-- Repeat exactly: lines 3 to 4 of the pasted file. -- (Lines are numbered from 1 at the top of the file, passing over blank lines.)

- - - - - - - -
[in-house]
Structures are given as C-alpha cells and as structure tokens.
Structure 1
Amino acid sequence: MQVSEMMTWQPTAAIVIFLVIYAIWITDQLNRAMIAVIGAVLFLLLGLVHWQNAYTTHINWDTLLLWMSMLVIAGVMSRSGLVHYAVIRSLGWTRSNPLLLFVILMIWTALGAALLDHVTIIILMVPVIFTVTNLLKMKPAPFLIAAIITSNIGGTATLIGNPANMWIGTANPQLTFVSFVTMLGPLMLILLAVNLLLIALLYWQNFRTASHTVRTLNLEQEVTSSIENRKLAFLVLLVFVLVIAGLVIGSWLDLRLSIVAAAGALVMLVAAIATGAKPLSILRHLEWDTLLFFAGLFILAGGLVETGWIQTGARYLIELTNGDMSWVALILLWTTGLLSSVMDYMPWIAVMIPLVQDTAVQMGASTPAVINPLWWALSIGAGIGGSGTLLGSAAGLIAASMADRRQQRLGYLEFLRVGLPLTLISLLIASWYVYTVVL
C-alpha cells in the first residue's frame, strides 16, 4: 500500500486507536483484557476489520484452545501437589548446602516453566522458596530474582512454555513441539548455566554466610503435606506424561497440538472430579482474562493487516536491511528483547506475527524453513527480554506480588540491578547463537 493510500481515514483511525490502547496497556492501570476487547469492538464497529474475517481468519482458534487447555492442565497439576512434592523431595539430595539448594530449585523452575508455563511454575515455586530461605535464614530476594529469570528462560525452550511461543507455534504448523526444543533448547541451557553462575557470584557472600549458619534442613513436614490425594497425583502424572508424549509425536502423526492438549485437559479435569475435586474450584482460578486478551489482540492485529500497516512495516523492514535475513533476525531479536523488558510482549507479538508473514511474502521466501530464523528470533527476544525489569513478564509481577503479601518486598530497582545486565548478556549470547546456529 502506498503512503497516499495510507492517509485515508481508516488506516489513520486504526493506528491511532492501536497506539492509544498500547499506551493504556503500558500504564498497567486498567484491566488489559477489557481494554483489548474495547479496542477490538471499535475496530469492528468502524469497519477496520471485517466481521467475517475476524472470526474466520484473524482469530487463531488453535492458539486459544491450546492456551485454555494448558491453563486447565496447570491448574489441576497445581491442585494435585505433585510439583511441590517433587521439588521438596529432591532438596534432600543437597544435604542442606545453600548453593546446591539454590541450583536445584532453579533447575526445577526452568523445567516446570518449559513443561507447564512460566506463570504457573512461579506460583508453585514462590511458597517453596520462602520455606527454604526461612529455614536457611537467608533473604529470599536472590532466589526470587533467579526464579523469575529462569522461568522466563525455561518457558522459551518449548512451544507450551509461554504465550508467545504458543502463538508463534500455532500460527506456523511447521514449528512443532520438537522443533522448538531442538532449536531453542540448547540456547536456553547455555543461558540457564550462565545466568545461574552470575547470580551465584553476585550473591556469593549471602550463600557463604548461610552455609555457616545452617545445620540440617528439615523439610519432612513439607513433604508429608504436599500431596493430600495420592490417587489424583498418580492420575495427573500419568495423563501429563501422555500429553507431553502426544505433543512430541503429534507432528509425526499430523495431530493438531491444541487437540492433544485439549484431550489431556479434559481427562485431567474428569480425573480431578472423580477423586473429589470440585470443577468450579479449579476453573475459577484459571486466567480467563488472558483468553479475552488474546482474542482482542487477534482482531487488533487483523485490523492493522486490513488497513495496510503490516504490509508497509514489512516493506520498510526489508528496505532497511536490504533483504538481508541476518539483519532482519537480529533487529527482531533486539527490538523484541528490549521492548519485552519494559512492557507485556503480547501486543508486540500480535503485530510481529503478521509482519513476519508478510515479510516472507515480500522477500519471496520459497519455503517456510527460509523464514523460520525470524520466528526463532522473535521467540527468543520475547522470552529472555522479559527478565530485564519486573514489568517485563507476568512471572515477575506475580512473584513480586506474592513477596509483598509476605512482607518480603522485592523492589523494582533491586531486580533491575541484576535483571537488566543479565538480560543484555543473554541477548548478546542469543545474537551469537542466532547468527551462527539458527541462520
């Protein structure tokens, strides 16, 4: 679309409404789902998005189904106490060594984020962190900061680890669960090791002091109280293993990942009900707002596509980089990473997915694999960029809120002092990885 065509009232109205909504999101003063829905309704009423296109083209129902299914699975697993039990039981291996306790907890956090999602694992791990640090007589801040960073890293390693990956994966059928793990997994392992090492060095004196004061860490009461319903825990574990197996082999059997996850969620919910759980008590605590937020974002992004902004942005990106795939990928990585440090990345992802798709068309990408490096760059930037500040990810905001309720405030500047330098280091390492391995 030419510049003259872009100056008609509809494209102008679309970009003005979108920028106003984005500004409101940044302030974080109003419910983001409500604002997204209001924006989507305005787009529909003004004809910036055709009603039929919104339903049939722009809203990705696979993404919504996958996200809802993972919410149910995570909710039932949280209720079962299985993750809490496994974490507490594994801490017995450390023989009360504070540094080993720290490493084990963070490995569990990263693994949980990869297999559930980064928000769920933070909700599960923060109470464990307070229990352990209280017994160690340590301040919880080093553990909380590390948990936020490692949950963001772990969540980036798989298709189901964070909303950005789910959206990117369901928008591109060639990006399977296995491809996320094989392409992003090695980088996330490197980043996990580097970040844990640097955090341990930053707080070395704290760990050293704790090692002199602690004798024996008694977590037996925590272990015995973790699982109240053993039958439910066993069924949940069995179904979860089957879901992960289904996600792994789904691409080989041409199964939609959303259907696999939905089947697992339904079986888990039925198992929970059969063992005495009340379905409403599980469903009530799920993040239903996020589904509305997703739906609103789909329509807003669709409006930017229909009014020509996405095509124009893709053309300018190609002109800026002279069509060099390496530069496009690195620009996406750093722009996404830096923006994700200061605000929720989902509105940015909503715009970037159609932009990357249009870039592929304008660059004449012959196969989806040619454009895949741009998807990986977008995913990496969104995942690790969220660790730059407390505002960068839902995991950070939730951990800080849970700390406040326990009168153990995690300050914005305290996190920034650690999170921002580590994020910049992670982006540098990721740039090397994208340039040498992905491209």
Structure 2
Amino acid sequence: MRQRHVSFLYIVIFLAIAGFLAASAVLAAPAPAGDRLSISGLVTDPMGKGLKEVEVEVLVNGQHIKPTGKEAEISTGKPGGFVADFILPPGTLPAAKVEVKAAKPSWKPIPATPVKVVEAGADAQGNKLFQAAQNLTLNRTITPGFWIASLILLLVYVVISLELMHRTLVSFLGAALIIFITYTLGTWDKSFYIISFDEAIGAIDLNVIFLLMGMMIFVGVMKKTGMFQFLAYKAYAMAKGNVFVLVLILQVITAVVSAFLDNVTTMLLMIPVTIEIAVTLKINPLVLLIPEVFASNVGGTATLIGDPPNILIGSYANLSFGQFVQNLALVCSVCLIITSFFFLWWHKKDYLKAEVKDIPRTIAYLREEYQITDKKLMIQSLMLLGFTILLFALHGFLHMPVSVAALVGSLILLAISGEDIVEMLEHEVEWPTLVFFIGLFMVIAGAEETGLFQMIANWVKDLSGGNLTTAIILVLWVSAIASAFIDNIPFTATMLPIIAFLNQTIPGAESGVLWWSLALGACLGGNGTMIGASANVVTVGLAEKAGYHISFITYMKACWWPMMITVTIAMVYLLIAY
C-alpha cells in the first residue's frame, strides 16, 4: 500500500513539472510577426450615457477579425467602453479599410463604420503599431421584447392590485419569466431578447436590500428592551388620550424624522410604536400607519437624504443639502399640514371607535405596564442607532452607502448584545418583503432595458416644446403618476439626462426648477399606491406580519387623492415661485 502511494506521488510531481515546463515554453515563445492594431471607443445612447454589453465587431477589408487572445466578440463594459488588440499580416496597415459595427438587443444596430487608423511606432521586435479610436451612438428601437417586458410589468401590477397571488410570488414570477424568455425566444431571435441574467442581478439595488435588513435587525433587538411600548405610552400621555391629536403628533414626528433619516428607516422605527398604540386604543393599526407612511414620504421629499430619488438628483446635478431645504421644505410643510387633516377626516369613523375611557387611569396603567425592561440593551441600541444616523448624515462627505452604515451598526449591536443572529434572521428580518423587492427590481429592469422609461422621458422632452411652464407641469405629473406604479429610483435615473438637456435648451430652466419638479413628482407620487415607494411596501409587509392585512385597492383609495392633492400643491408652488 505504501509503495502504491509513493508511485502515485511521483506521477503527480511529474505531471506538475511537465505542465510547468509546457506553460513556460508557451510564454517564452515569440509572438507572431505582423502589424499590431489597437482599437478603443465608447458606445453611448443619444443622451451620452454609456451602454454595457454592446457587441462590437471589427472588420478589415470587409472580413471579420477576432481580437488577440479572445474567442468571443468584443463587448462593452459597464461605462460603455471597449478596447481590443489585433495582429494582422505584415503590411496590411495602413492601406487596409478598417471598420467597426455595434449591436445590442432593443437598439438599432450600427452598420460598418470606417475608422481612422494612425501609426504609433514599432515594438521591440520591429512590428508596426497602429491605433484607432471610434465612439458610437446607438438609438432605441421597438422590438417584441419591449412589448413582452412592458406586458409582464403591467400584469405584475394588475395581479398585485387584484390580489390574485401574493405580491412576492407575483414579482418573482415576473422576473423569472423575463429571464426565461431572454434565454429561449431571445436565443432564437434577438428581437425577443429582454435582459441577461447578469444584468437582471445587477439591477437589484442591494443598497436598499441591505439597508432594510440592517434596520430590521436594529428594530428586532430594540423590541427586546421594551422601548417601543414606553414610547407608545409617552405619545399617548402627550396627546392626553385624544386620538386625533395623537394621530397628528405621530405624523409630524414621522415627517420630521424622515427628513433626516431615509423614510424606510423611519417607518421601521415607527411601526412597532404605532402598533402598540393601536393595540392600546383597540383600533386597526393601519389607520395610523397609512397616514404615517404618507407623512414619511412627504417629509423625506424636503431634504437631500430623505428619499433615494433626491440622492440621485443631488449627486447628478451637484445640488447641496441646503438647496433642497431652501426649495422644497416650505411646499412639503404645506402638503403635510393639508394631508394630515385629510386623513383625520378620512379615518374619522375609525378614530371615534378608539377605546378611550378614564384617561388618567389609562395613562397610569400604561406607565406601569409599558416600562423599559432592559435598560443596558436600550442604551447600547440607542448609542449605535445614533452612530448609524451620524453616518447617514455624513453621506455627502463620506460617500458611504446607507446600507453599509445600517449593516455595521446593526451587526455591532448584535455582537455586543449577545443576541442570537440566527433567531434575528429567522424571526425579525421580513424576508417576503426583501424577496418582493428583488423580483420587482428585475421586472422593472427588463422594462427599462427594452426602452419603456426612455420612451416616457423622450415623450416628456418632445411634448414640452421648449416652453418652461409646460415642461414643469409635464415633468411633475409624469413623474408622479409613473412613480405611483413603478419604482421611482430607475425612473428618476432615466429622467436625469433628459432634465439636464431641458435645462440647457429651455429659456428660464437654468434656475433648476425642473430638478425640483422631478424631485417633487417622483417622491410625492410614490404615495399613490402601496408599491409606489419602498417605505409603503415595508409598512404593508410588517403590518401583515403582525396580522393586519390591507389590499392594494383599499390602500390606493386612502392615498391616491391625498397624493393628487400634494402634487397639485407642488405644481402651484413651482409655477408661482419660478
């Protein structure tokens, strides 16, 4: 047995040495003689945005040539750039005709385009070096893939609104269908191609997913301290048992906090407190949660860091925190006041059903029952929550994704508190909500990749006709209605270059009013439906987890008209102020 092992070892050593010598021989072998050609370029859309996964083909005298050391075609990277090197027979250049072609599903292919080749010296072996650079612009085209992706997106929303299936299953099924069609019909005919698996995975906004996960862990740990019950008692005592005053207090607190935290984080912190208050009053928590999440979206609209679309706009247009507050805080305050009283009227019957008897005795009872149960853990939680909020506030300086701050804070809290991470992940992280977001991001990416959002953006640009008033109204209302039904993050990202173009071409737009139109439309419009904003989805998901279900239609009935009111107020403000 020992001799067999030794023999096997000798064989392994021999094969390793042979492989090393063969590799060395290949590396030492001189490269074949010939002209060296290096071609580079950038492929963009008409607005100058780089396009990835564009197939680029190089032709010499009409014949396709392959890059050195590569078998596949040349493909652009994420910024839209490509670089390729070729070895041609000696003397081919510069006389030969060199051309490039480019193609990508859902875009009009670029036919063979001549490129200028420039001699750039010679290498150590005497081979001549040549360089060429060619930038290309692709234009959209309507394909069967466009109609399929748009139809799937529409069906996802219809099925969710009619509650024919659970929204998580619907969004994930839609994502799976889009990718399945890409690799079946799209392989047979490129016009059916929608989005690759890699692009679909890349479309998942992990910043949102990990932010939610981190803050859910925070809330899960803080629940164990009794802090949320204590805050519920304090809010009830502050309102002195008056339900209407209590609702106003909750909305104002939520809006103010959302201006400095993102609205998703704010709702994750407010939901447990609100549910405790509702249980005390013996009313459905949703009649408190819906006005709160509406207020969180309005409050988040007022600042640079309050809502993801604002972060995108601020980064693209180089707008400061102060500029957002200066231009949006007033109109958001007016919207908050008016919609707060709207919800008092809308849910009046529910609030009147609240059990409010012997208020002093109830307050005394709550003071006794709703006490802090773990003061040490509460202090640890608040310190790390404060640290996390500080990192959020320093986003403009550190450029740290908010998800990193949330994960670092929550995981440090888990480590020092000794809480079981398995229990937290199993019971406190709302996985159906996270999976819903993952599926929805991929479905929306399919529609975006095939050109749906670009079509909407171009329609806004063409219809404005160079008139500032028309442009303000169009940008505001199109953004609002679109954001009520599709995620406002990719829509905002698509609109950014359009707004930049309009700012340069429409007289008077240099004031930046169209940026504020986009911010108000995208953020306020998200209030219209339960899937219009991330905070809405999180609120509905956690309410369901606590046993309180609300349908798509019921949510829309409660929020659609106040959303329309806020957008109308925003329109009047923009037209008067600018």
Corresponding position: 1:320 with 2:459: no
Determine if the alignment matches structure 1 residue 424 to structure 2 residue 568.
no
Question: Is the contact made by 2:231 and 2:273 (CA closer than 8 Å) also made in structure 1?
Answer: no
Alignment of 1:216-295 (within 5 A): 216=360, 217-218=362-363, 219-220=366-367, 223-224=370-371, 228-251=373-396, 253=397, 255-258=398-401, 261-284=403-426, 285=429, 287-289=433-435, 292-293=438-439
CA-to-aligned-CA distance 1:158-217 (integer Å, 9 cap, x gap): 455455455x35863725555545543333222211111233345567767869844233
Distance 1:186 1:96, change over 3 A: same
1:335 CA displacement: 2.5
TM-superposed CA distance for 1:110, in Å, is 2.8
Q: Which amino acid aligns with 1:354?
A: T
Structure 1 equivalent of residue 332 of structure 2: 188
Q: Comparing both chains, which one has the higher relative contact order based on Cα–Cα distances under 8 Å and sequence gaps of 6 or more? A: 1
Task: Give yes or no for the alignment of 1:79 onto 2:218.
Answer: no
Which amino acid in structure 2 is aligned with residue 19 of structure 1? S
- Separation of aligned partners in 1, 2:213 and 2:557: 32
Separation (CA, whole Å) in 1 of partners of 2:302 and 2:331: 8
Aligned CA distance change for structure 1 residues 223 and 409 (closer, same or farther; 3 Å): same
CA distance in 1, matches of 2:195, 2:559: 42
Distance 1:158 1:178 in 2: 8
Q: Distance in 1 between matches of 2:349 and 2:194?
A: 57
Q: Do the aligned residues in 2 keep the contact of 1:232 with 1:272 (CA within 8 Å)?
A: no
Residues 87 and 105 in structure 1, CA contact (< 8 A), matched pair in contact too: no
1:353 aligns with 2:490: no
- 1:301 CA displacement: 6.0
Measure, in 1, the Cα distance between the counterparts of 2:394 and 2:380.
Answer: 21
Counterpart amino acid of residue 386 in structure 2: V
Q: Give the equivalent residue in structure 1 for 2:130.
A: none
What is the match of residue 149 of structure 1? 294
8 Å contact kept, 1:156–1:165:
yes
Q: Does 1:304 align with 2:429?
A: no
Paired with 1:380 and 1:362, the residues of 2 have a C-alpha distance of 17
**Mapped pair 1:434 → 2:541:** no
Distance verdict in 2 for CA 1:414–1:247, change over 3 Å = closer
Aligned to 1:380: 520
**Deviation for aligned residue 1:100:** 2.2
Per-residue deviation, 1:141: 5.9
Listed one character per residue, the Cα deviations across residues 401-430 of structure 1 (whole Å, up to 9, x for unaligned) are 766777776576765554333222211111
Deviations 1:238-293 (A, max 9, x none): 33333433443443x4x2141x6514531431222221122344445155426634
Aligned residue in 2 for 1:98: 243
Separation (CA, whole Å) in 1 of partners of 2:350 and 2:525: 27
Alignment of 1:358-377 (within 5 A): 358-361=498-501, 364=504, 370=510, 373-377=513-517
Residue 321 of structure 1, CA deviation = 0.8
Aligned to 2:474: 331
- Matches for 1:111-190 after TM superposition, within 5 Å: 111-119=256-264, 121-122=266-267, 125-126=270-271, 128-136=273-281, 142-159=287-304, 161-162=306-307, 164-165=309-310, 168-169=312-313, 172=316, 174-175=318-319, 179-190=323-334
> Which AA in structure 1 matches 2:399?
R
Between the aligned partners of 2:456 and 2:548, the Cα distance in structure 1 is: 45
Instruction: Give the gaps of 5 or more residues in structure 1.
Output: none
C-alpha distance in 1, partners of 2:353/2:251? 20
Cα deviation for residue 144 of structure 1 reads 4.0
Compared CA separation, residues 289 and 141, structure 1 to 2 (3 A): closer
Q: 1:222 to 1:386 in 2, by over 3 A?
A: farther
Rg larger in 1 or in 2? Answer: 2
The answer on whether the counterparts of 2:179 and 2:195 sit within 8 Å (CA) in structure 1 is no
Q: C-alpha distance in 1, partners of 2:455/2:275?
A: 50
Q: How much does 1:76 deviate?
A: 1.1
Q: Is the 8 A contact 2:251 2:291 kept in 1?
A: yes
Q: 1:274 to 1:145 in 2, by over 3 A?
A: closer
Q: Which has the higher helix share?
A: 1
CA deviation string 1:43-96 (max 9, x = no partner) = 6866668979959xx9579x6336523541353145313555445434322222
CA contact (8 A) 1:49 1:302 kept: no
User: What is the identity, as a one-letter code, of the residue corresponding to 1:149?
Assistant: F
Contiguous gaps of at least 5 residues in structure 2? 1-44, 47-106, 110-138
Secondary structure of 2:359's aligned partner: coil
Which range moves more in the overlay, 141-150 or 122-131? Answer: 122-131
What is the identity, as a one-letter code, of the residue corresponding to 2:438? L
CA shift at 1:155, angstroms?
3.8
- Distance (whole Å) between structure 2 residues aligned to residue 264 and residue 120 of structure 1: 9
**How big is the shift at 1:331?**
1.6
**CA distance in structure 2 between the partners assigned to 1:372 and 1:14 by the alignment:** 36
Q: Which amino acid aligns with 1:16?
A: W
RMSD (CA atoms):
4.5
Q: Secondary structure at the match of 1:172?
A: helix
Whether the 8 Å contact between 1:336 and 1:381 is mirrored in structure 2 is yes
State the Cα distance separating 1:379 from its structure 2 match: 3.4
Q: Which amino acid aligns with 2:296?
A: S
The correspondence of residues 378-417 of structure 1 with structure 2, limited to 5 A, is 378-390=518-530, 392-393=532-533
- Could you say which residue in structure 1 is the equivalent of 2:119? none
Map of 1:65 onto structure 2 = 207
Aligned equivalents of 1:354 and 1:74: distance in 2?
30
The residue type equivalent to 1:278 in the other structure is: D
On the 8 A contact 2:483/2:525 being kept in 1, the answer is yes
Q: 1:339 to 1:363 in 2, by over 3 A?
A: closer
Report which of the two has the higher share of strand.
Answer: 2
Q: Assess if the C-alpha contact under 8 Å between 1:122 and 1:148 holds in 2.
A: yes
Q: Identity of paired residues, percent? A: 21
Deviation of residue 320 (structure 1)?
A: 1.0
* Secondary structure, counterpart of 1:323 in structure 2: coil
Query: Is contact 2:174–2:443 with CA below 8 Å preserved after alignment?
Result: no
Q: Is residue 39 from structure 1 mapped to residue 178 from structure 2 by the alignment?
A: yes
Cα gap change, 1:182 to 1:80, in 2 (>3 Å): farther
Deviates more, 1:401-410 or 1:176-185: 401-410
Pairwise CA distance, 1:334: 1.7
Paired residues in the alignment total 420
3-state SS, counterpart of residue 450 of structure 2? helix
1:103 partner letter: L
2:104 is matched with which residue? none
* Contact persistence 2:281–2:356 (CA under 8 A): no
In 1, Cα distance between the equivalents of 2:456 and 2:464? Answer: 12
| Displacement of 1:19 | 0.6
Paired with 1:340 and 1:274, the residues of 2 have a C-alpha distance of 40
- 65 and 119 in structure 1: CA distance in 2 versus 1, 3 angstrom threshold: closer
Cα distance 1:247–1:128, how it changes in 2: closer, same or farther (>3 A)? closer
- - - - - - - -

Structure 1
Amino acid sequence: MQVSEMMTWQPTAAIVIFLVIYAIWITDQLNRAMIAVIGAVLFLLLGLVHWQNAYTTHINWDTLLLWMSMLVIAGVMSRSGLVHYAVIRSLGWTRSNPLLLFVILMIWTALGAALLDHVTIIILMVPVIFTVTNLLKMKPAPFLIAAIITSNIGGTATLIGNPANMWIGTANPQLTFVSFVTMLGPLMLILLAVNLLLIALLYWQNFRTASHTVRTLNLEQEVTSSIENRKLAFLVLLVFVLVIAGLVIGSWLDLRLSIVAAAGALVMLVAAIATGAKPLSILRHLEWDTLLFFAGLFILAGGLVETGWIQTGARYLIELTNGDMSWVALILLWTTGLLSSVMDYMPWIAVMIPLVQDTAVQMGASTPAVINPLWWALSIGAGIGGSGTLLGSAAGLIAASMADRRQQRLGYLEFLRVGLPLTLISLLIASWYVYTVVL